Just to prove they are not all members of the borg, or vast left-wing conspiracy, two Public Address bloggers have been debating the Maori seats.
Keith Ng advocated they are a bad thing, with his main points being:
* overhang meant voters who had enough votes for four MPs ended up electing six
* Maori seats encouraged distortionary tactical voting
* Maori electorates are not really electorates, and the interests that these MPs represent are not geographical, but ethnic. They are list seats by another name, a kind of proto-proportional representation
* Maori are 15% of voters and do not need minority protection as this can be a significant voting bloc. However they do not vote as a bloc, so why have seats on the basis they do.
* Finally that the Maori seats assume that Maori have more politically in common with other Maori than with any Pakeha – that a rich, conservative, provincial Maori man has more in common with a poor, anarchist, urban Maori woman than he has with a rich, conservative, provincial Pakaha man and hence assumes that, fundamentally, our political interests stem from race.
I thought the most interesting observation from Keith is that the seats are not really geographic seats but in effect a different form of list seat.
Then Che Tibby (he’s a guy by the way!) responds to Keith. He however makes a number of mistakes in his points.
Firstly he says the South Island is an gerrymander as it always get 16 seats. This is not a gerrymander as it does not give South Islanders more MPs per capita, it merely uses the SI population as a starting point to decide the total no of MPs.
Then he says that the electoral population used to determine seat sizes is based on the number of people registered on the roll. This is incorrect. It is based on the total population, including children under 18. This is very significant.
Thirdly he says as the population of the North Island grows, the number of Electorate seats, both Māori and General, increases. Again not quite correct. It is not if the NI population grows, it is whether it grows faster than the SI population.
Che says Māori electorates have essentially the same number of voters as general seats. No they do not. Because it is based on total population, they have far far less voters, because Maori have a much higher proportion of under 18 year olds. I think it is a real issue that seats are based on the total population, not the adult population. So the fewer number of voters per Maori seat is not just based on low turnout, but on the way the electoral populations is defined.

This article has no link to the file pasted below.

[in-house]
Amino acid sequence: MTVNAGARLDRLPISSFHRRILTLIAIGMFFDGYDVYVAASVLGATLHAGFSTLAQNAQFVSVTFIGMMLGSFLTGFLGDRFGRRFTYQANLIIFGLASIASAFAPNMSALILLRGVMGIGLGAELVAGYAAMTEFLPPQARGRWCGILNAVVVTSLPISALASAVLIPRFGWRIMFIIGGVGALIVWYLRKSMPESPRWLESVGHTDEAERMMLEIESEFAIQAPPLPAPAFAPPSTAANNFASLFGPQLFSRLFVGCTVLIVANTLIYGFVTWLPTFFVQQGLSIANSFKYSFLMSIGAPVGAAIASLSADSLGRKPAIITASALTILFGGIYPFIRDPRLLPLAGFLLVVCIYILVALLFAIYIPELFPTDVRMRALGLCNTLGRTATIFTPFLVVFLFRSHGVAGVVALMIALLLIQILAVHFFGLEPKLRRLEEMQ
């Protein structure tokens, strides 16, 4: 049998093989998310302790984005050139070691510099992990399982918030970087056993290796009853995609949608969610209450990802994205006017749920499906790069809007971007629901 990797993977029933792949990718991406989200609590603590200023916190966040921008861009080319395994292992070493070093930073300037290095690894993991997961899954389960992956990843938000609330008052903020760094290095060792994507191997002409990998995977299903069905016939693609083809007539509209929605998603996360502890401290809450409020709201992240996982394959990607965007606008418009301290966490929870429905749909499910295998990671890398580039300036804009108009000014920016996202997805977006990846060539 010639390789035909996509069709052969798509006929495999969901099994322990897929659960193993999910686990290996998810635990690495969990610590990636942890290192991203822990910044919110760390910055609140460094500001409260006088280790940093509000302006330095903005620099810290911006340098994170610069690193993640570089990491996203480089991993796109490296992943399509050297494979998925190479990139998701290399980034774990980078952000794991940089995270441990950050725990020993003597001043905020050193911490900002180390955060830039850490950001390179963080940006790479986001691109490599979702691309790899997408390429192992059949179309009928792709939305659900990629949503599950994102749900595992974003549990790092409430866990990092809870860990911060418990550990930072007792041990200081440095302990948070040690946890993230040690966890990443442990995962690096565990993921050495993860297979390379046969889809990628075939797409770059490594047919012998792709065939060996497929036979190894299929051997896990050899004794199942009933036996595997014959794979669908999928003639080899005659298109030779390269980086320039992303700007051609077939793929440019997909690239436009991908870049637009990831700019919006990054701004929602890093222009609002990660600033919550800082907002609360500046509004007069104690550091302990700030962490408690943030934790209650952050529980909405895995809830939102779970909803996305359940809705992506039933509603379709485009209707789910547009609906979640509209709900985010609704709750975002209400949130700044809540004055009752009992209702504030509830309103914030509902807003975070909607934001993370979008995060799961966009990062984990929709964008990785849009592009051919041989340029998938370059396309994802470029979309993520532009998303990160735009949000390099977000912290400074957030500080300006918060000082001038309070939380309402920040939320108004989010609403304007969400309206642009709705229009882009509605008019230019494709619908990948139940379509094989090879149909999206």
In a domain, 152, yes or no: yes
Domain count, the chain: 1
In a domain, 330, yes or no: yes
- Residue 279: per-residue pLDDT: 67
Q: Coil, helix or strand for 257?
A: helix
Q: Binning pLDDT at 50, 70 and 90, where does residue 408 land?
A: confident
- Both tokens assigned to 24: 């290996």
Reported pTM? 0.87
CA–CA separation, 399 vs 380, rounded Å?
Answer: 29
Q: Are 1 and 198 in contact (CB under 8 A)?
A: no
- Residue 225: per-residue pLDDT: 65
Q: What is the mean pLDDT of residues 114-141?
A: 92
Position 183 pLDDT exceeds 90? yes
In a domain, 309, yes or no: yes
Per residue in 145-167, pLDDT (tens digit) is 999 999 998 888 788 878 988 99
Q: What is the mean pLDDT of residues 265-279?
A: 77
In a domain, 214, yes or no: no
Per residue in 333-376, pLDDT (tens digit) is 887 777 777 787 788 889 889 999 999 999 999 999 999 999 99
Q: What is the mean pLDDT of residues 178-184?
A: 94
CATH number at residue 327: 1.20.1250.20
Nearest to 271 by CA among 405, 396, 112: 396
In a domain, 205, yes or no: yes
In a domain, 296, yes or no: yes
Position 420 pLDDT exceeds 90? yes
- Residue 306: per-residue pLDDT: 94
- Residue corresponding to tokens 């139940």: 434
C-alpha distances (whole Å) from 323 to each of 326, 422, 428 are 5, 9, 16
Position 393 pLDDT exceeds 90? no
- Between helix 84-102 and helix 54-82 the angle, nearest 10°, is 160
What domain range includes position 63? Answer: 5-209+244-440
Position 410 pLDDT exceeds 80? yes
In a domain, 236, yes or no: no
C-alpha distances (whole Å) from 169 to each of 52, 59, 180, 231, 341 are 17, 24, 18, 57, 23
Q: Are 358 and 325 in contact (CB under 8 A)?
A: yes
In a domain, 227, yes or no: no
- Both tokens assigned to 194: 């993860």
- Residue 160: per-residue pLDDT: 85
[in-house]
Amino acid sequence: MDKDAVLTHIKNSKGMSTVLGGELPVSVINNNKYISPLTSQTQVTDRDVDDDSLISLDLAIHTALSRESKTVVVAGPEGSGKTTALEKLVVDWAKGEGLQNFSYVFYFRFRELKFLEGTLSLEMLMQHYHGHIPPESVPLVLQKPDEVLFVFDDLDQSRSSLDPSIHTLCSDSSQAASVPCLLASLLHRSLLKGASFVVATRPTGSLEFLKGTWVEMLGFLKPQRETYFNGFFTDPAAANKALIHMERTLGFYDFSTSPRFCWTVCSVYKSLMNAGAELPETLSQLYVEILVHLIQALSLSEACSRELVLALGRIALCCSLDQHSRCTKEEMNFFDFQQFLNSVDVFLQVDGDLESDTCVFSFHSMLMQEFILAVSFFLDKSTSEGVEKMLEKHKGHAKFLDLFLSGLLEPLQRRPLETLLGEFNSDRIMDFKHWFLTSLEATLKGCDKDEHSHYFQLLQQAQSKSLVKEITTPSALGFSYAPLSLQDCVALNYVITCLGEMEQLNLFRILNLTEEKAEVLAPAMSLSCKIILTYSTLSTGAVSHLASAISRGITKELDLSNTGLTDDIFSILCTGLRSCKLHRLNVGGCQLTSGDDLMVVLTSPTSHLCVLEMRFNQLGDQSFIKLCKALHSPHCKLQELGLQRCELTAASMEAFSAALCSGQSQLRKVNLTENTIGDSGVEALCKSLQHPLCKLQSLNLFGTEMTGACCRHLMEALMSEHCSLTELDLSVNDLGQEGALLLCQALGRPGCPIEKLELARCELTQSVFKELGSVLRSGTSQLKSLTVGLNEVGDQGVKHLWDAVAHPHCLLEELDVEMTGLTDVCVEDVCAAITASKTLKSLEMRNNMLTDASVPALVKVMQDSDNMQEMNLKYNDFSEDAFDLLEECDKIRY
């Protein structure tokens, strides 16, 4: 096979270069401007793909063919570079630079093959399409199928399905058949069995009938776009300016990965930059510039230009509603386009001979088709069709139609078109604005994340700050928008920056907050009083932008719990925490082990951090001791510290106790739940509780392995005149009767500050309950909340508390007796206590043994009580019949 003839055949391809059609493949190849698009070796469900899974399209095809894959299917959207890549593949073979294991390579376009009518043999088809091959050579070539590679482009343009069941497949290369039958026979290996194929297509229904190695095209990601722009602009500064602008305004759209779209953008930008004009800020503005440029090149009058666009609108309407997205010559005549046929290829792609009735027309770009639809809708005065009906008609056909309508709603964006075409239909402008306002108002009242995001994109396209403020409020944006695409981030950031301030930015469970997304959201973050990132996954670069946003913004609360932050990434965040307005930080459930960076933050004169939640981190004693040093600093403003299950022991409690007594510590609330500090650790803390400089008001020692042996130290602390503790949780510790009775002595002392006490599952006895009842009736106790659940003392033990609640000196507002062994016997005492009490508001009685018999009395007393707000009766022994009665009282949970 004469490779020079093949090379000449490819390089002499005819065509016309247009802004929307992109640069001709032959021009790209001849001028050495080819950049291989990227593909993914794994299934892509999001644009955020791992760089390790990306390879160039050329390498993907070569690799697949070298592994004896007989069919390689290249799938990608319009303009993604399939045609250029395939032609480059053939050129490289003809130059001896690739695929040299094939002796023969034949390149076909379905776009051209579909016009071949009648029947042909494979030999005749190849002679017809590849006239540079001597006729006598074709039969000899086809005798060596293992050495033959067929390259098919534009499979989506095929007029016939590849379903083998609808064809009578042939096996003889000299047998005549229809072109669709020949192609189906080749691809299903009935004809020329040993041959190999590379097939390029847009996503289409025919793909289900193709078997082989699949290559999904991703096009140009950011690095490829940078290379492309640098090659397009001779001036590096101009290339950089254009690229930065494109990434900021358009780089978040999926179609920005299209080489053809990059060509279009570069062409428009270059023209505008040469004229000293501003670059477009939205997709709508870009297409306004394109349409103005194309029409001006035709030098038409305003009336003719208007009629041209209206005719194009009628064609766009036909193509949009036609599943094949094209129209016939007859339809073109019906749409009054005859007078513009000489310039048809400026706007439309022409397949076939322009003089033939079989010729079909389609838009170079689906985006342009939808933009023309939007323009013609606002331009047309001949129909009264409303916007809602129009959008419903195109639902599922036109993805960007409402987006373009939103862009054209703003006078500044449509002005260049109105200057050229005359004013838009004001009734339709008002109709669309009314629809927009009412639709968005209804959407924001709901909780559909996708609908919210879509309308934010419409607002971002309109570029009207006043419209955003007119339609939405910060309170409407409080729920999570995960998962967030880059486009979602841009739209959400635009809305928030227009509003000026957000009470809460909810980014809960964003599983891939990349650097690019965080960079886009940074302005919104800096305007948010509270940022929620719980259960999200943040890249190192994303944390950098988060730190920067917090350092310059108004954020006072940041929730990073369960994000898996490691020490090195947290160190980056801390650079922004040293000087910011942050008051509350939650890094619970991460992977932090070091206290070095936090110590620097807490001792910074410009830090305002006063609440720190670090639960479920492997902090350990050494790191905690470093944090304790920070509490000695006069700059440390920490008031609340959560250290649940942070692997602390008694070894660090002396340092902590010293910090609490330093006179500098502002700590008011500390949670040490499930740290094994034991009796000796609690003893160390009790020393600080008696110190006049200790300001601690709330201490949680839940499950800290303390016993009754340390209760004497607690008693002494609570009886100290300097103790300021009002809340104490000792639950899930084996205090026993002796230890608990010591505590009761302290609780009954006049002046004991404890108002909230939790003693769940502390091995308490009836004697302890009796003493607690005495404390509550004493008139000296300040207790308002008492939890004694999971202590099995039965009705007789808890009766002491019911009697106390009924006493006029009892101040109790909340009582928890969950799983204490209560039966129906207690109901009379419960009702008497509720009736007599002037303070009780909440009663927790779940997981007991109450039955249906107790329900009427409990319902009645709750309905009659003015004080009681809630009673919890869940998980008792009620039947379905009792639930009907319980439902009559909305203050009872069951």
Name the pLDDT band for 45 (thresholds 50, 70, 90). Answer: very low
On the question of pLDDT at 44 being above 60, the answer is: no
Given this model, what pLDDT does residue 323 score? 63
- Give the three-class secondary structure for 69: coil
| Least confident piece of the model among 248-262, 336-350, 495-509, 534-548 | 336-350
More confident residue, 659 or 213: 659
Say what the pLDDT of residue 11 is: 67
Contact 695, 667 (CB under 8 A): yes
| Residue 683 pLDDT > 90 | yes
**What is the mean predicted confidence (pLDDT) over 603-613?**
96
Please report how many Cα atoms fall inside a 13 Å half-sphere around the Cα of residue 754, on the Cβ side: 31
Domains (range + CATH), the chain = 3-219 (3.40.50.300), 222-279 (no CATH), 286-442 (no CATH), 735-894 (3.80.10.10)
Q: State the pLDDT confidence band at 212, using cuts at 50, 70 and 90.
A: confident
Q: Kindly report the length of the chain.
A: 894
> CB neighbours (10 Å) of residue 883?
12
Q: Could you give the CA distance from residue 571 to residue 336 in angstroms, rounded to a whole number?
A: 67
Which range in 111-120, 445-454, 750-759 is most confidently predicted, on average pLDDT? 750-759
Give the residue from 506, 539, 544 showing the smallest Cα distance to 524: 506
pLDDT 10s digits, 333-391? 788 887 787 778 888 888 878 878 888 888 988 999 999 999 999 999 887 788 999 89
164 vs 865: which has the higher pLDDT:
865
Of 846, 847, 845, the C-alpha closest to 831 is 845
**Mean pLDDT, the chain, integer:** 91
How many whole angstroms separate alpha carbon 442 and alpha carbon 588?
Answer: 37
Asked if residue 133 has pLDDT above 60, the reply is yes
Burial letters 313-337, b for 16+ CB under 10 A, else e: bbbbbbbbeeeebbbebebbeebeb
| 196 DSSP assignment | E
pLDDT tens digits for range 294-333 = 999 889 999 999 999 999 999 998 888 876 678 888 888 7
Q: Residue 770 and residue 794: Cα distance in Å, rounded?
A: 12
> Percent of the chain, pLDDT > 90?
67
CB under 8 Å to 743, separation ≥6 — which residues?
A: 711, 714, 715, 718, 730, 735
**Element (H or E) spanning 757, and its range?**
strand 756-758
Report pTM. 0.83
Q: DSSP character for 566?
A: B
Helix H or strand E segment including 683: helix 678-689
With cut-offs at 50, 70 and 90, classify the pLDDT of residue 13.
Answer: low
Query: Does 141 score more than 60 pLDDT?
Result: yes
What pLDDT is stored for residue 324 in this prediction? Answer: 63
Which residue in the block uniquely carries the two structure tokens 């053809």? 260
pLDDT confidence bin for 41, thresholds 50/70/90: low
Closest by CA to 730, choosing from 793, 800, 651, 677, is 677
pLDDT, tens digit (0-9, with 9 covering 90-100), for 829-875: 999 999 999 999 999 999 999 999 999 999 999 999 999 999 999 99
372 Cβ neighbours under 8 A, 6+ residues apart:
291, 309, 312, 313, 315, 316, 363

Bizarrely Che argues the seats are not a racial gerrymander because Keith Ng could enrol in them if he wanted to. Well yes he could, and one can enrol a dog as a voter also, but that doesn’t mean that by law he is not meant to be enrolled in a Maori seats as he doesn’t have a Maori great great great grandparent. They are by law reserved to New Zealanders who have some Maori ancestry.
Keith Ng has responded. He quotes Graeme Edgeler as saying Maori are 18% not 15% of the population. Well Stats NZ estimates as at 31 December 2004 Maori population was 622,400 out of 4,062,500 which is 15.3% so not sure where 18% comes from. However amongst adults 18 and older there are only 360,300 Maori out of 2,995,640 adult NZers which is 12.0%.
So worth noting there are 21/122 MPs who are Maori, or 17.2% of Parliament, and this is off a voting base of only 12.0%. Now personally I have absolutely no issues with Maori being over-represented in Parliament, as I don’t believe in quotas. I’m far more worried about over-representation from professional unionists! But it does underscore the point that any notion of needing the Maori seats because Maori are under-represented is not borne out by the facts.
Keith responds to claims that his problem is with overhang, not with the Maori seats. He points out that having voluntary opt-in seats – such as the Maori seats – *encourages* overhangs and almost amounts to DIY-gerrymandering. Follow the links to see his reasoning, as it is too eloquent to summarise hereNo tag for this post.